We have used an anti-PD-L2 blocking antibody to determine the potential contribution of PD-L2 regulation on the activity of anti-OX40 and anti-4-1BB antibodies (Figure 6J, K). These data show individual tumor volumes and suggest that PD-L2 may contribute to the enhanced activity of OX40 with a FAK inhibitor but is less likely to contribute to combination with anti-4-1BB. The effects of anti-PD-L2 on anti-OX40 activity are not statistically significant. However, after 21 days 5 tumors in this group have undergone complete regression while none in the OX40 alone group have completely regressed. We believe that this is indicative of a role for PD-L2 in contributing to the enhanced activity of a FAK inhibitor in combination with anti-OX40.

We have addressed whether a FAK inhibitor regulates PD-L2 expression on macrophages directly (Figure 6—figure supplement 7). These studies have been performed using in vitro bone-marrow derived macrophages +/- treatment with interleukin-4 to stimulate PD-L2 expression. We observed a small decrease in IL-4 stimulated PD-L2 expression on macrophages following treatment with a FAK inhibitor. This regulation is not as extensive as we observe in vivo, implying that additional mechanisms may contribute to FAK-dependent regulation of PD-L2 expression in tumors. Similar studies were also undertaken using a variety of cancer cells, however none of these expressed PD-L2 in response to IL-4 stimulation.

We have also added new data showing a novel role for FAK in regulating ICOS expression, primarily on CD8eff T-cells, and have investigated the contribution of this to the combinatorial activity of the FAK inhibitor with OX40 and 4-1BB. Figure 6D shows that OX40 treatment increases ICOS expression on CD8eff T-cells and that this is markedly enhanced when OX40 is combined with the FAK inhibitor. An increase in ICOS expression is also observed on non-Treg CD4 T-cells (Figure 6—figure supplement 4). Further, regulation of ICOS on CD8eff T-cells in response to the FAK inhibitor is not restricted to combination with OX40, as we also identified this to occur in CD80+ SCC7.1 tumors (Figure 6—figure supplement 5). Using an ICOS ligand blocking antibody we show that ICOS plays an important role in the anti-tumor efficacy of both the FAK inhibitor in combination with OX40 and 4-1BB (Figure 6L, M).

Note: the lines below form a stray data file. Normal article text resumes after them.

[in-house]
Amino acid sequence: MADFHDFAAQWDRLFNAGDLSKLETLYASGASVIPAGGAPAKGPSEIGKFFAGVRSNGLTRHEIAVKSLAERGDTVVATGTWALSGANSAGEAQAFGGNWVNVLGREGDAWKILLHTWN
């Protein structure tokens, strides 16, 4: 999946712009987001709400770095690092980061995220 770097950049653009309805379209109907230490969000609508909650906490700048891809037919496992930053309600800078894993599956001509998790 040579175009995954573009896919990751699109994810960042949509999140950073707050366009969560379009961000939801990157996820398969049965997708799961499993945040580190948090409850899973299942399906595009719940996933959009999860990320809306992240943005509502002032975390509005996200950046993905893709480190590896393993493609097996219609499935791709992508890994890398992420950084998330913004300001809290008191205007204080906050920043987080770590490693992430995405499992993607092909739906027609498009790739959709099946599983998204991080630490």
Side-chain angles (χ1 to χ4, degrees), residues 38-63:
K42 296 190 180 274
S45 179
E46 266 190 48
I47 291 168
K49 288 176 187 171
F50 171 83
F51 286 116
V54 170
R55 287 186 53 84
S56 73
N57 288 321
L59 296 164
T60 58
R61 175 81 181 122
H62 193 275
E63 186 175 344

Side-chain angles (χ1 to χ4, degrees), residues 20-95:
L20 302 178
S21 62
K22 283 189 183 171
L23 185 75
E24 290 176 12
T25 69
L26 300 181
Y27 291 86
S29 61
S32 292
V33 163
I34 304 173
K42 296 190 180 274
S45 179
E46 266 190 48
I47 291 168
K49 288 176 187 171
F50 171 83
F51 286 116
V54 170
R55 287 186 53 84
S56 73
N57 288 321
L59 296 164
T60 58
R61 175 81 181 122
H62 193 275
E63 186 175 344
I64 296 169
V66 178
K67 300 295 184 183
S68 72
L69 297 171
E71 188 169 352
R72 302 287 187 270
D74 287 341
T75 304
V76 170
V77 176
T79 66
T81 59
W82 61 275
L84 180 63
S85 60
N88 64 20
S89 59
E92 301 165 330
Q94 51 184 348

These new data imply that regulation of PD-L2 and ICOS contributes to the mechanisms underlying improved anti-tumor activity of the FAK inhibitor in combination with OX40, and that ICOS plays an important role in the mechanism underpinning the combination with 4-1BB. Further, these studies are the first to identify a role for FAK in regulating molecular pathways, as opposed to immune cell recruitment, that contribute to immune suppression/activation and highlight the complexity of FAK-dependent immune modulation.

Data in Figure 1H and 1I suggested that the anti-tumor effects of FAK inhibitor are dependent on CD8 T-cells. On the other hand, Figure 6C indicated that treatment with FAK inhibitor did not increase the number of CD8 T-cells. To reconcile these results, the change of CD8 T-cell number in SCC7.1 or Met01 models should be shown. In addition, it may be better to analyze "tumor-specific" rather than "whole" CD8 T-cell number in these experiments.

We have previously published (Serrels et al., 2015) that treatment with a FAK inhibitor can increase CD8 T-cell number in the tumor model used in Figure 1A which also expresses CD80. The tumor models used in Figures 1B, C also express CD80 and therefore express a T-cell co-stimulatory signal that will drive T-cell expansion. In Figures 2C, D we show that the CD80, CTLA-4 pathway is modulated by a FAK inhibitor, likely in favor of CD80-CD28 interaction. This pathway is not present in CD80- tumors such as that used in Figure 6. Hence, in the absence of a T-cell co-stimulatory signal we do not see increased CD8 T-cell infiltration into tumors in response to a FAK inhibitor. The additional data included in Figure 6D, Figure 6—figure supplements 4, 5 also imply that a FAK inhibitor may regulate T-cell effector function through increasing expression of T-cell co-stimulatory receptors such as ICOS, and so it is not as simple as just increasing T-cell numbers. For example, Figure 6—figure supplement 5 shows that a FAK inhibitor increases ICOS expression on CD8eff T-cells in the CD80+ SCC7.1 tumors, while it does not in the SCC6.2 tumors which are negative for a T-cell co-stimulatory signal such as CD80 (Figure 6D).

In the first paragraph of the subsection “Spectrum of responses to BI 853520”, the authors claimed that BI 853520 did not show any off target effects on SCC FAK-wt tumor, because no significant effect on tumor growth was observed in SCC FAK-/- tumor. However because SCC FAK-/- did not grow well in vivo because they are sensitive to endogenous anti-tumor immunity, authors cannot exclude off target effects of BI 853520 by checking effects only on tumor growth.

We have removed this sentence.